The problem facing de Blasio was his surtax proposal needed approval from the state, and particularly from New York Governor Andrew Cuomo. The new mayor lobbied Cuomo aggressively but ultimately could not convince him to consider a new income tax. The state did, however, give de Blasio a $340-million appropriation to launch the first phase of universal preschool.
Municipal leaders are so hamstrung by a lack of taxing and spending authority, that often some of the most innovative ideas for local government actually begin with activists at senior levels of government.
In Allentown, Pa., observers are watching closely to see the results of one of the most radical urban-redevelopment programs ever devised.
Allentown has been for much of the last quarter-century a poster child for post-industrial decline. At one time a bustling community with steel mills and other heavy industries, Allentown has slowly lost its major employers, most of the wealth of its citizens, and ultimately its ability to prosper.
Enter the neighbourhood improvement zone initiative. Rather than conventional tax-increment financing schemes, used currently in Winnipeg, which re-channels future property taxes to spur development, the NIZ collects all of non-property taxes (income, sales and business) paid by businesses and individuals within the zone and uses the money to service municipal bond and create bridge financing for developers focused on projects in a 50-hectare swath of downtown Allentown.
The plan has already generated an estimated $1 billion in current and planned capital investment. The keystone projects include hundreds of thousands of square feet of new retail and commercial space, and a new downtown multi-event arena.
The punchline in the Allentown success story is a familiar one: The NIZ was an initiative brought forward by a state congressman. Yes, municipal leaders in Allentown had to take up the challenge of putting the NIZ into action. But without state largesse, it would never have been.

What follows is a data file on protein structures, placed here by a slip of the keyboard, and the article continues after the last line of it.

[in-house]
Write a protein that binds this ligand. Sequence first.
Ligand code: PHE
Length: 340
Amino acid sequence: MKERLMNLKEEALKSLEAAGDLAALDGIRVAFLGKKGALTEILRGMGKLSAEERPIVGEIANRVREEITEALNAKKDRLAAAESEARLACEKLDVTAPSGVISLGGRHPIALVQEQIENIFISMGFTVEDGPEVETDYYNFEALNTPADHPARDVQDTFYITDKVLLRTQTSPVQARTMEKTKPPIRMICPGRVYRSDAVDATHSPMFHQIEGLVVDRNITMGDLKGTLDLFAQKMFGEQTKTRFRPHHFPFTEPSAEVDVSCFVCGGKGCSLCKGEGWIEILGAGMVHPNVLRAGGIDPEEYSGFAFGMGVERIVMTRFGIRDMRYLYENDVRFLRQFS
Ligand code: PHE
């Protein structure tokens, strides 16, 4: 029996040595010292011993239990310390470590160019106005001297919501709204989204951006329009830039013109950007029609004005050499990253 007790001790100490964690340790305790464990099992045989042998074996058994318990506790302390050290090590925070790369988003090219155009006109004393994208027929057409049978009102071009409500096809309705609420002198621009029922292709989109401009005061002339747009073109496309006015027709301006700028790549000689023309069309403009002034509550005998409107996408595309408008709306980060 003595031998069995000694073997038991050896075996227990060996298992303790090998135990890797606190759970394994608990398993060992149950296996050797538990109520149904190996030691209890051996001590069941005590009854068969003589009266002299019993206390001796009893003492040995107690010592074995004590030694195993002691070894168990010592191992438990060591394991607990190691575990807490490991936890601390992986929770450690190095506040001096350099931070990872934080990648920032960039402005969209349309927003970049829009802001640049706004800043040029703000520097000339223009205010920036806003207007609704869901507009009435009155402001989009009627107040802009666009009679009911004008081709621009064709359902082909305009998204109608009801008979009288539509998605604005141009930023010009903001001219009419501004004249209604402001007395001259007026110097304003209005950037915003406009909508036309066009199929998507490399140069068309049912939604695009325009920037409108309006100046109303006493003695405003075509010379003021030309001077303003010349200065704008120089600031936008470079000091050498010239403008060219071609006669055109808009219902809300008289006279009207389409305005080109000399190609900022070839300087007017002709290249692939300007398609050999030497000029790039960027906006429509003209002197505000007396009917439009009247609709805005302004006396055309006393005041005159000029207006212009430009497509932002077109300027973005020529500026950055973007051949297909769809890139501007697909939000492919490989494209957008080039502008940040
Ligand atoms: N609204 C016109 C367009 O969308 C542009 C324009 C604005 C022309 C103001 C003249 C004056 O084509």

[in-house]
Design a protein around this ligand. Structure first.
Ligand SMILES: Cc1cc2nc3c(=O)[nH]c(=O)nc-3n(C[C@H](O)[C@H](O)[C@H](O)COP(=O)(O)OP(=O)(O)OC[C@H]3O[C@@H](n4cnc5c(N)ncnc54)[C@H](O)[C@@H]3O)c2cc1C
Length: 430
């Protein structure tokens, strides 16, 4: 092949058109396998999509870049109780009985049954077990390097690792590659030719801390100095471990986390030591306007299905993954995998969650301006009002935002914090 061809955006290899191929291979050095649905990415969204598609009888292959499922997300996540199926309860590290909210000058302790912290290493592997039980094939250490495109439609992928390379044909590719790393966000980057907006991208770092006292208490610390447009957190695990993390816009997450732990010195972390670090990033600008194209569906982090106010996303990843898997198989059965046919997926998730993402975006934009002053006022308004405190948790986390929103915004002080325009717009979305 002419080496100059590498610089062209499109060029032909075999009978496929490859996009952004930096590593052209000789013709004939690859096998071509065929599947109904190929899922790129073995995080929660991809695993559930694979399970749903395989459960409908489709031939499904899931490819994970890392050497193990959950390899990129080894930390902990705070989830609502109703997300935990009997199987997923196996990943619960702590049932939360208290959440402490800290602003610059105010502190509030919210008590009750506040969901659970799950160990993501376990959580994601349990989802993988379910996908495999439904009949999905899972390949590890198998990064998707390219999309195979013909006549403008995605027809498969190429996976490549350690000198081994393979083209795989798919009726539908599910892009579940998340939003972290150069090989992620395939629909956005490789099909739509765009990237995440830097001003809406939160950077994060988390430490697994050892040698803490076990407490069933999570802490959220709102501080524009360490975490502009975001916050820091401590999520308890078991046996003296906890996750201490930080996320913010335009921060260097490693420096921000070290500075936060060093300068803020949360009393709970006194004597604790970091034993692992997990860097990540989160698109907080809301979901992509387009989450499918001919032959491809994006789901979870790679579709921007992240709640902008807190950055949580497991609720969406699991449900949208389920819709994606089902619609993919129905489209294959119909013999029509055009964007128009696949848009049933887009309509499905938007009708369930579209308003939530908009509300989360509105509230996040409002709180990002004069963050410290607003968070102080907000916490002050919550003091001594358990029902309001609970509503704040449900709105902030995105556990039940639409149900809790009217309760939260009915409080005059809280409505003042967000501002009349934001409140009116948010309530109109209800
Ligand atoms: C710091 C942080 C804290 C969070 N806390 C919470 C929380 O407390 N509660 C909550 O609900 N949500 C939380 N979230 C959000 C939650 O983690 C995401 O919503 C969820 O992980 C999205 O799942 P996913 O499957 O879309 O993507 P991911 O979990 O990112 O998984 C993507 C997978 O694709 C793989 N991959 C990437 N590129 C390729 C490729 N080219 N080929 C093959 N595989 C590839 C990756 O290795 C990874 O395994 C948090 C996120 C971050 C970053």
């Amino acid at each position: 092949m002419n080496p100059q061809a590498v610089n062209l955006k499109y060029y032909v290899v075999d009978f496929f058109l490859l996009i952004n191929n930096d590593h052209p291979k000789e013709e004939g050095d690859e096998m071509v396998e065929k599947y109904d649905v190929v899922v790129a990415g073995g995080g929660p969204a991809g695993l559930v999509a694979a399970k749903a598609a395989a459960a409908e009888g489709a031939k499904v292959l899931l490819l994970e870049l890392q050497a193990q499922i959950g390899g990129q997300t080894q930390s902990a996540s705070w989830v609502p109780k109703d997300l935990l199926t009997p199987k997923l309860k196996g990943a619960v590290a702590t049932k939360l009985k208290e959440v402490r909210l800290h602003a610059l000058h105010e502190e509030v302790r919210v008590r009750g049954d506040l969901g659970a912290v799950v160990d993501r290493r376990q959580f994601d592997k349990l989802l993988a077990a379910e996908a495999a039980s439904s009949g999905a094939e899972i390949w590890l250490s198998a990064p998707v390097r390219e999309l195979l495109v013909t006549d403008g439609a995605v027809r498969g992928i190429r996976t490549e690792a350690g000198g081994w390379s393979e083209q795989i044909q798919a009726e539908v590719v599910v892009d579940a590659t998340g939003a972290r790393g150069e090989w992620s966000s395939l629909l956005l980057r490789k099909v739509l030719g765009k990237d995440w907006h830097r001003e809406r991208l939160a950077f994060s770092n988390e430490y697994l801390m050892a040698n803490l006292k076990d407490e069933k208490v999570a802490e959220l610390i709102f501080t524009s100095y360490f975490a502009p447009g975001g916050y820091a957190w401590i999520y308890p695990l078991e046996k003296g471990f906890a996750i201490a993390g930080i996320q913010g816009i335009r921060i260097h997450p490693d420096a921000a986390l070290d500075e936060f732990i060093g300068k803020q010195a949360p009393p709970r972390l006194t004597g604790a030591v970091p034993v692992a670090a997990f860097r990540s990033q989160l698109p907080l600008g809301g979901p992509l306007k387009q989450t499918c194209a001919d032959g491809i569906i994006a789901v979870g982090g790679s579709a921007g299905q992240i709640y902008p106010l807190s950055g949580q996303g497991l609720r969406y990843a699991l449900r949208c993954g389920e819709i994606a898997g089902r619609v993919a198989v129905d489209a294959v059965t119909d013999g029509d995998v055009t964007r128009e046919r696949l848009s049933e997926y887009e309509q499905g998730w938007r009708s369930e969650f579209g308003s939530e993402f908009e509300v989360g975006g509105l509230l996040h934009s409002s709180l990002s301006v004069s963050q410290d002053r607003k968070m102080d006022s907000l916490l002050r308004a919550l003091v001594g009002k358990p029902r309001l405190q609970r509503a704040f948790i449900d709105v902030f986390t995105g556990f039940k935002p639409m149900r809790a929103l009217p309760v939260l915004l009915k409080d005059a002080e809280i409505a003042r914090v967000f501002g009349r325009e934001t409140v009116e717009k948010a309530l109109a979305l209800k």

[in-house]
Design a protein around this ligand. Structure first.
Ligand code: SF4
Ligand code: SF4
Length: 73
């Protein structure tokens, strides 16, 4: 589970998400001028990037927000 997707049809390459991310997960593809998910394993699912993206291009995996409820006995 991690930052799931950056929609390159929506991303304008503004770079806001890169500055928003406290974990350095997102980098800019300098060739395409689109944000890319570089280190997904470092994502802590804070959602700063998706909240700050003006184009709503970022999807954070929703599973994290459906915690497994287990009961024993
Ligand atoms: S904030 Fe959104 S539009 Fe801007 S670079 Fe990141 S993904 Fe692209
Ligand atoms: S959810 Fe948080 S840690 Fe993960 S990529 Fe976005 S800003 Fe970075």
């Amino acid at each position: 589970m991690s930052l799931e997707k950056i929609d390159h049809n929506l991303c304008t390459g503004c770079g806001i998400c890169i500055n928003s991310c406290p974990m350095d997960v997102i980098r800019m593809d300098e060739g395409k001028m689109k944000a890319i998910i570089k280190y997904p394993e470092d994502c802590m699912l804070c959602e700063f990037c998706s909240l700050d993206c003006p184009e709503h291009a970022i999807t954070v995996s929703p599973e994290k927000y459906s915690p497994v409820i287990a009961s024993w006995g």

These examples show the true municipal visionaries may not be the mayors with the best ideas. They may be more correctly described as the mayors who can convert their personal popularity into levers to pry loose the powers and authorities they need from senior levels of government.
This is where mayors such as Nenshi and Edmonton's Don Iveson are earning their reputations as visionaries. "While both Nenshi and Iveson represent generational change, are savvy with social media and incredibly popular with their respective voting publics, they have also sought to carve out a new relationship with the provincial government in a bid to wrestle more powers for their cities," said MacEwan University political scientist Chaldeans Mensah.
Iveson and Nenshi are lobbying the province to create new civic charters that would allow cities greater taxation and spending authority. As is the case in almost every province, municipalities are legal creations of provincial legislatures. Most cities cannot invoke new taxes or fees without provincial legislative approval.
The Nenshi-Iveson play is somewhat reminiscent of the Big City Mayors movement of the early 2000s, in which former Winnipeg mayor Glen Murray played a pivotal role. The campaign, which has since lost its momentum, called for increased investment in infrastructure by senior levels of government and new municipal spending and taxation powers to lessen the reliance on property taxes.
It would be tough to understate the degree to which senior levels of government have ignored those pleas. While the federal government has rolled out various infrastructure funding programs and cut municipalities in for a greater share of gas taxes, and many provinces, including Manitoba, have significantly ramped up infrastructure spending, the combined total of these investments continues to lag behind the need.
Consider that Winnipeg's estimated infrastructure deficit is now more than $7.5 billion. That is six times the city's annual budget. Without massive injections of money from the federal and provincial governments, or new municipal taxation powers, there is no way any future mayor will be able to close that gap.
The future mayoral visionaries will most definitely be those who can -- by using carrots or sticks -- convince other levels of government to radically change their relationship with municipalities. It will only be through the cultivation of those connections that change will come.
"Cities right now are really unable to lead because they are so subservient to other levels of government," said Distasio. "We need to change that equation."